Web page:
Alternatives to animal testing - what's new in 2016?
This year, the focus is on promoting alternative methods and approaches that are relevant for the information requirements of the 2018 registration deadline. ECHA will publish advice on using the new OECD test guidelines related to serious eye damage/eye irritation and skin corrosion/irritation. For skin corrosion/irritation, the new in vitro tests can, in many cases, fully replace in vivo studies when used either alone or in combination. For serious eye damage/eye irritation, combinations of several alternative test methods may be used to replace in vivo testing.
In mid-2016, the Agency plans to publish an update to the guidance on information requirements (Endpoint specific guidance, (Chapter R.7a) to reflect both the scientific changes and the recent regulatory amendments in the REACH annexes. The updates concern the data requirements for skin corrosion/irritation, serious eye damage/eye irritation, skin sensitisation and acute toxicity.
For skin sensitisation, there will be advice in using newly developed non-animal testing methods within a weight of evidence approach, which may be used to avoid in vivo testing. For acute toxicity, there will also be advice on using a weight of evidence approach, which can lead to avoidance of certain in vivo tests.
These updates favour the use of in vitro methods over the in vivo tests, reinforcing one of the pillars of REACH: animal testing should be used as a last resort. Additional information for registrants is published in the Practical guide: How to avoid unnecessary animal testing.
Help for 2018 registrants
To support registrants ahead of the 2018 deadline, ECHA has developed a roadmap with seven phases. A webinar and web pages for the third phase: 'Get organised with your co-registrants' will be launched in March 2016, providing tips on how to share existing data with registrants of the same substance. Sharing data is an obligation under REACH which helps to avoid unnecessary animal testing.
In July 2016, new material related to the fourth phase 'Assessing hazard and risk' will be launched. A webinar and new web pages on how to fulfil the REACH information requirements with alternative methodologies will be available. A new practical guide on information requirements for low-tonnage chemicals, targeted especially at small and medium-sized companies and business managers, will give further advice.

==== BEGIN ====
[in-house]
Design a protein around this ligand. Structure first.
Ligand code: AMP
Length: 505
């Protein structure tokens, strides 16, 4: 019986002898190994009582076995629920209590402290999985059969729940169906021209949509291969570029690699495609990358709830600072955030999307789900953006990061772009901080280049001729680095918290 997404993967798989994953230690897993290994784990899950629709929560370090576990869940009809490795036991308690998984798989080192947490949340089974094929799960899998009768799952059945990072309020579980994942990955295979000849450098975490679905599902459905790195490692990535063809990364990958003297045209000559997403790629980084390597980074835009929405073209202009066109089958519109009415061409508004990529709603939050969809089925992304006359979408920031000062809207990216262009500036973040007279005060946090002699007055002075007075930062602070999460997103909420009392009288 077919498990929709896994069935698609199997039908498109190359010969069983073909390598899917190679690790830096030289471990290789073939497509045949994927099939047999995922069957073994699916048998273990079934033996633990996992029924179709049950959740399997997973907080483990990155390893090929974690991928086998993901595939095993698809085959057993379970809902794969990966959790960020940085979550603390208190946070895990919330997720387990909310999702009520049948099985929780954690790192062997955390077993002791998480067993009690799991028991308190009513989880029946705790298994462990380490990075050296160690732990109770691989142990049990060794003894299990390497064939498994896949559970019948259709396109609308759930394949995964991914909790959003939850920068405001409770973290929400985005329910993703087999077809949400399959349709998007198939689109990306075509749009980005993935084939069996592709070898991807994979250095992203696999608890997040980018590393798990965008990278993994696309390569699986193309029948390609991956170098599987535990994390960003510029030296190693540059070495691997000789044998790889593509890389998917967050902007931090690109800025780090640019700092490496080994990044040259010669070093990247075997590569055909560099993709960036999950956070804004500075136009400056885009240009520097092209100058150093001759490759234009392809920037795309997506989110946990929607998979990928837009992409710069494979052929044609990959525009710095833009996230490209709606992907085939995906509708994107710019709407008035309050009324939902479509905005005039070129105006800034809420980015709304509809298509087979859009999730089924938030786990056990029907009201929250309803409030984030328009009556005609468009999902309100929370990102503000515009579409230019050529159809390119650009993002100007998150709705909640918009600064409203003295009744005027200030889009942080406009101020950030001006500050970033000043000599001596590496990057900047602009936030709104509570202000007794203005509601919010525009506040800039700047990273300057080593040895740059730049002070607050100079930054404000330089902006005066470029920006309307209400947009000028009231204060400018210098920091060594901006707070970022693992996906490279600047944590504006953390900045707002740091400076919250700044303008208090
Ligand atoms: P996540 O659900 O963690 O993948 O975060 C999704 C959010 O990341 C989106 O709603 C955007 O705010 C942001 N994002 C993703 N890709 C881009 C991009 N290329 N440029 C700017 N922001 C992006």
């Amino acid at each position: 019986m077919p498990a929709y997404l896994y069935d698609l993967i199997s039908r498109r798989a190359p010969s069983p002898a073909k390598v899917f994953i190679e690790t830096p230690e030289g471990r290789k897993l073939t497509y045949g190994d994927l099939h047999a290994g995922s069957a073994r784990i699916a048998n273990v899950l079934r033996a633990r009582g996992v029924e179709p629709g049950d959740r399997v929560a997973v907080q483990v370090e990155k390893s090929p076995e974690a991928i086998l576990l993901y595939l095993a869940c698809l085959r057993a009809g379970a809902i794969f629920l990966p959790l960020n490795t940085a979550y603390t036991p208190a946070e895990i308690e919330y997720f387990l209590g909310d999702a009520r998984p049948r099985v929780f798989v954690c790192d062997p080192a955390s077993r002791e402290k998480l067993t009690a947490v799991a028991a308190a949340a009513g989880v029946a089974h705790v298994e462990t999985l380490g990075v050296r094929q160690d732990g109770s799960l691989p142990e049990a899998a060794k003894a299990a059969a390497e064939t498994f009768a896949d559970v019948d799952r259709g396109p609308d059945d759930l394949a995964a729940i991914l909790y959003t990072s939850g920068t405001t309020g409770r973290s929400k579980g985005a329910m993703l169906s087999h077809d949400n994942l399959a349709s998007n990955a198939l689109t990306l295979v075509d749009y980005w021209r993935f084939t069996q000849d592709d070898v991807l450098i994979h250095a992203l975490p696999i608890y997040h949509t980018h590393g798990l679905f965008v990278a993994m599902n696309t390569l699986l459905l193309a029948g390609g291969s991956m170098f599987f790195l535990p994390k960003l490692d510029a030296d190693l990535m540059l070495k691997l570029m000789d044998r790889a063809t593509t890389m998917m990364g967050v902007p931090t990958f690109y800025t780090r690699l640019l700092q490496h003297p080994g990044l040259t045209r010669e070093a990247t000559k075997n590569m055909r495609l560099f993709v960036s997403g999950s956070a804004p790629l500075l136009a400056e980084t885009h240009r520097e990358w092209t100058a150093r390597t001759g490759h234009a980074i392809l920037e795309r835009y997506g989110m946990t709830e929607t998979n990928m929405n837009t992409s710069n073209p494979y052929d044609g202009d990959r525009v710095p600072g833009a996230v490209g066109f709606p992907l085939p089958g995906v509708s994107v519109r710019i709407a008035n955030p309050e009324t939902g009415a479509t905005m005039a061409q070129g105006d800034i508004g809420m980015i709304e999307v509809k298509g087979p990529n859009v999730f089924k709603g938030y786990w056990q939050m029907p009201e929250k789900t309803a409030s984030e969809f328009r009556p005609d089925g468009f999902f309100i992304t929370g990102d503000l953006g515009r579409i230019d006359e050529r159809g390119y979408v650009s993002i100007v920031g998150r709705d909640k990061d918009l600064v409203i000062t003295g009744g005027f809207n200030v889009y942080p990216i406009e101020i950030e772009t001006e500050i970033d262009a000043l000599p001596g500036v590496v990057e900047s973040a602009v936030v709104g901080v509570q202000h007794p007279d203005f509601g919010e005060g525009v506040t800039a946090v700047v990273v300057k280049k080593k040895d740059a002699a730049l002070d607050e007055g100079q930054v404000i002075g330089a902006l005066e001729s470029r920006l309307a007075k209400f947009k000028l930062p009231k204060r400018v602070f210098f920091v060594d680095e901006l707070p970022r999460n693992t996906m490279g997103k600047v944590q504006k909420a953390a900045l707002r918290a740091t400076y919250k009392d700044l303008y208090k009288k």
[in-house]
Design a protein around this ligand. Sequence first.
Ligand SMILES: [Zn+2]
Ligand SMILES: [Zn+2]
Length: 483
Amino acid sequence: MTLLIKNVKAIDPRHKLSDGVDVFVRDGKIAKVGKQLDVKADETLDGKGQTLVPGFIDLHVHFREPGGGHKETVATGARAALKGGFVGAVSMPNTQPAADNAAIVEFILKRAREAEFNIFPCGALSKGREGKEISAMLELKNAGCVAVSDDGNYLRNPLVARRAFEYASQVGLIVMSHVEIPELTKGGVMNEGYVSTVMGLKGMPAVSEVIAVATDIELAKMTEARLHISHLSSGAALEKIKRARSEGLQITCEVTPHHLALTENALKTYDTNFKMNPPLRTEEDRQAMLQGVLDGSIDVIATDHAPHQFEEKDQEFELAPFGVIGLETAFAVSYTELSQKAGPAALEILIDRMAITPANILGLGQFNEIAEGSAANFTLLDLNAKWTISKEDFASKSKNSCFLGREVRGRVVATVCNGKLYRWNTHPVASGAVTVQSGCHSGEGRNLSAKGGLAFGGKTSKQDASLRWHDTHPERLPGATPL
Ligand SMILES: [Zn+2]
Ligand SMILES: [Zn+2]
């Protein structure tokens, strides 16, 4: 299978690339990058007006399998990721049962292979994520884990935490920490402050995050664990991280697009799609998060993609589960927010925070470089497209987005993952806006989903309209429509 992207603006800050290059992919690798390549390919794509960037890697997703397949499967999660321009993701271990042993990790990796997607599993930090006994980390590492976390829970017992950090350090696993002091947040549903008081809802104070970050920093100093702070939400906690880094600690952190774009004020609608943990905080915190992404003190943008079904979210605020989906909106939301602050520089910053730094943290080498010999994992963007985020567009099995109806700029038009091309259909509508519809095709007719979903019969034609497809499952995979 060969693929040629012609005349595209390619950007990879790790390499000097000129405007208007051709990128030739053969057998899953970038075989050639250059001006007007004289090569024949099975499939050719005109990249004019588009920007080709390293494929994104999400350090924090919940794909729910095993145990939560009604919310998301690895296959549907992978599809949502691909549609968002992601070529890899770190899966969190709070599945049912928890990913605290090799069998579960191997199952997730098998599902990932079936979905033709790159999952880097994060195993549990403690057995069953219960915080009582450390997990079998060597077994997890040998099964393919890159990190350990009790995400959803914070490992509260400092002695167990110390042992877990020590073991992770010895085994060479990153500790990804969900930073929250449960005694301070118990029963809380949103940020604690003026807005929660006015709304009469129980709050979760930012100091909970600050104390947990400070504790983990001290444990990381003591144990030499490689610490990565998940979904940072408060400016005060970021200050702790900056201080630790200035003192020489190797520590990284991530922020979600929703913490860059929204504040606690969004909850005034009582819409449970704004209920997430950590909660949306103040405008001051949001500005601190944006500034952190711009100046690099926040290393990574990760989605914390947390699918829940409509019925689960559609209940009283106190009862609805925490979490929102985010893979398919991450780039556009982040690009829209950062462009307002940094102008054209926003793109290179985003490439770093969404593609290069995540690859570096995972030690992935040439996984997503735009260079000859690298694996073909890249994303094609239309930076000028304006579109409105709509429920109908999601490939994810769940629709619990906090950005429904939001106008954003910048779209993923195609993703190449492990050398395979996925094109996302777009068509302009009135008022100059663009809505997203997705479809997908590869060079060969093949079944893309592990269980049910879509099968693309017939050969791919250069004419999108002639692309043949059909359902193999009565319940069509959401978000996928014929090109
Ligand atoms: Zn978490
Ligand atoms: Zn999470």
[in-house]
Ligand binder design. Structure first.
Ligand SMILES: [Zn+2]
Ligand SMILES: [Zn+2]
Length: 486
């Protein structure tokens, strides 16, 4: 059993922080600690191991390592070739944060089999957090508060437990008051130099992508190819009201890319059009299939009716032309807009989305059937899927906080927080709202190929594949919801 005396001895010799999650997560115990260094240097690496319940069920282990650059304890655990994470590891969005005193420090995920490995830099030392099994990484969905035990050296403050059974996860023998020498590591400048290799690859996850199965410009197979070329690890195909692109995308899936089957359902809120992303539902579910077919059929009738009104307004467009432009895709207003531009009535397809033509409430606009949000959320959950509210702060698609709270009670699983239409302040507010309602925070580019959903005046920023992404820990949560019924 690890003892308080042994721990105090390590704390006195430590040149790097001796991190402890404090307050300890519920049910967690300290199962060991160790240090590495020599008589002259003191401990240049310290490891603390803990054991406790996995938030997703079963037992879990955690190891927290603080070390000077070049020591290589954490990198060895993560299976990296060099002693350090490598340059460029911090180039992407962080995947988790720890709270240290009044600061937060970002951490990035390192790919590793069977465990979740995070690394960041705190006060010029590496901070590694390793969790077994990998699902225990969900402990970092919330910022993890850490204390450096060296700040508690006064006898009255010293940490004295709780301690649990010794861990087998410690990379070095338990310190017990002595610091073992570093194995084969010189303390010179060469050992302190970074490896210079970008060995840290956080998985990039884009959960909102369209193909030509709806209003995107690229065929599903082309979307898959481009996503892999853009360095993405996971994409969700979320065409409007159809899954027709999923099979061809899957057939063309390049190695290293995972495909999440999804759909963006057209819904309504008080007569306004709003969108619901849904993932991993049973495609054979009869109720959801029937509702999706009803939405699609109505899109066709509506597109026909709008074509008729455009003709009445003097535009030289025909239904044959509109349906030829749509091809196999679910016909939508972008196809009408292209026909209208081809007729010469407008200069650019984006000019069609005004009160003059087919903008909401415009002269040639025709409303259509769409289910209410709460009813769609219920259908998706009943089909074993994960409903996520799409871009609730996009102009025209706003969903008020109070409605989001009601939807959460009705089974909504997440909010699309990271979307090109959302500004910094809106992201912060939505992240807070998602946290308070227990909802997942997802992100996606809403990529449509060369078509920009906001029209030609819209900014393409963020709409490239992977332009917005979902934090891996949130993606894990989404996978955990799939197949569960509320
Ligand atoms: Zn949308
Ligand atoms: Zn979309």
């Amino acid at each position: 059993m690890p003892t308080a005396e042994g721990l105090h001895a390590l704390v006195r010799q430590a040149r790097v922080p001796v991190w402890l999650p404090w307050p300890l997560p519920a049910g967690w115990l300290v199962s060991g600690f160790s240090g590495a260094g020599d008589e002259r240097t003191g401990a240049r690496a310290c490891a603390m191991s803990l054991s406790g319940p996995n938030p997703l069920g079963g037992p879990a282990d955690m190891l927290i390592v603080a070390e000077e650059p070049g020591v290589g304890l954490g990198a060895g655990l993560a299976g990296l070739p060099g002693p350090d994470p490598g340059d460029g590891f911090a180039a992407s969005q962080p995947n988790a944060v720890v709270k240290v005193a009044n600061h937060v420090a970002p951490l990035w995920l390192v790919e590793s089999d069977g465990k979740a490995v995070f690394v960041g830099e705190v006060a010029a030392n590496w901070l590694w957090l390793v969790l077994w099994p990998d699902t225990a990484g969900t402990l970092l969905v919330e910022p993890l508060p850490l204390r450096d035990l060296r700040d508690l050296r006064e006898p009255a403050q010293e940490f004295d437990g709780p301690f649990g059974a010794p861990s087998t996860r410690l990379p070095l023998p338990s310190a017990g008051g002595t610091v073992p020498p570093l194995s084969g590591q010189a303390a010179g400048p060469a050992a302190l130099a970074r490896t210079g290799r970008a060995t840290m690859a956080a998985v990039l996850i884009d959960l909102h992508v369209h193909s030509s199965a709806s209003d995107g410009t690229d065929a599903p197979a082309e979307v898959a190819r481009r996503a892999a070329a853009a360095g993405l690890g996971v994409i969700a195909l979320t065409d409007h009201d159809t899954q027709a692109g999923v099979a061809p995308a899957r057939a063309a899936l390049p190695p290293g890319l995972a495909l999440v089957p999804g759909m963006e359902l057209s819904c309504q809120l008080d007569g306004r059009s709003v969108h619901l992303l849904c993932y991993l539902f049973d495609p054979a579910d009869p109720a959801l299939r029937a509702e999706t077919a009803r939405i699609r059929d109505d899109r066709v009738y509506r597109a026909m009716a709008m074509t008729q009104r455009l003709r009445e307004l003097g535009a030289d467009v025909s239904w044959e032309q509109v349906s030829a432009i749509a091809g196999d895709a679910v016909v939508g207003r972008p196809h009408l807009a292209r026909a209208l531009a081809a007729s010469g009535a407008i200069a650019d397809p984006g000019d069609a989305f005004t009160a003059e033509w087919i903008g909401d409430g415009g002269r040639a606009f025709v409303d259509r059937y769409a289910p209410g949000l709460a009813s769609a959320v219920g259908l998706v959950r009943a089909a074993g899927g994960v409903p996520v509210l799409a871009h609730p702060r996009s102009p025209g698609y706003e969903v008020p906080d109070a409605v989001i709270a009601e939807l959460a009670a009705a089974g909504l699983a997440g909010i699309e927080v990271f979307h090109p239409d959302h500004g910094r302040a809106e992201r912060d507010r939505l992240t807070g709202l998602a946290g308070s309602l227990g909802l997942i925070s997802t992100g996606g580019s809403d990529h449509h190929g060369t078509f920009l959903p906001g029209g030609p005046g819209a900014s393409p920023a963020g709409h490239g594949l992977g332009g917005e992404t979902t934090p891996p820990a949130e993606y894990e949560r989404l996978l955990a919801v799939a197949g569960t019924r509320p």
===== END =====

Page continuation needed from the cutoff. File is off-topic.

Read-across is another methodology used to reduce testing on animals. Widely used by REACH registrants, it allows them to use existing information from substances to predict the properties of similar substances where information might be missing. An illustrative example of how to use read-across is available on ECHA's website.
To promote a consistent and correct scientific use of read-across, in 2015 ECHA published a read-across assessment framework (RAAF) targeting human health endpoints. The RAAF explains how ECHA evaluates read-across in registration dossiers. A version covering environmental endpoints will be published in 2017.
Making sure that alternatives are considered first
Before testing on animals (higher tier studies), registrants must first submit a proposal to ECHA. Since September 2015, ECHA has been asking registrants what alternative methods they have considered before submitting their testing proposals. Then the testing proposals and these considerations are published in a public consultation.
During public consultations, everyone can submit relevant information that could be used to avoid tests on vertebrate animals. Registrants can then consider the feedback received to fulfil their REACH information requirements.
Search for data
In January 2016, ECHA revamped its database on chemicals. Users can now access information on chemicals and their properties in three levels: through a simple infocard, a more detailed brief profile and the full source data.
The website also offers access to the OECD's eChemPortal, where registrants can check whether information on animal tests is already available from other authorities.
Using the QSAR Toolbox
In cooperation with the OECD, ECHA develops and manages the QSAR Toolbox, a software for grouping chemicals into categories and filling gaps in (eco)toxicity data. In 2016, ECHA will publish more illustrative examples on the use of QSAR toolbox.
Scientific workshop on new methodologies
To support the development of new alternative methods, ECHA is organising a workshop on new approach methodologies in April 2016. The possible regulatory impacts of the latest scientific developments will be discussed among academics, regulators, industry and other stakeholders.
The new approach methodologies aim to reduce the need for animal testing. To be valid in the regulatory context, the methods should generate information that is reliable enough for risk assessment and classification to protect human health and the environment.
Source: European Chemicals Agency (ECHA)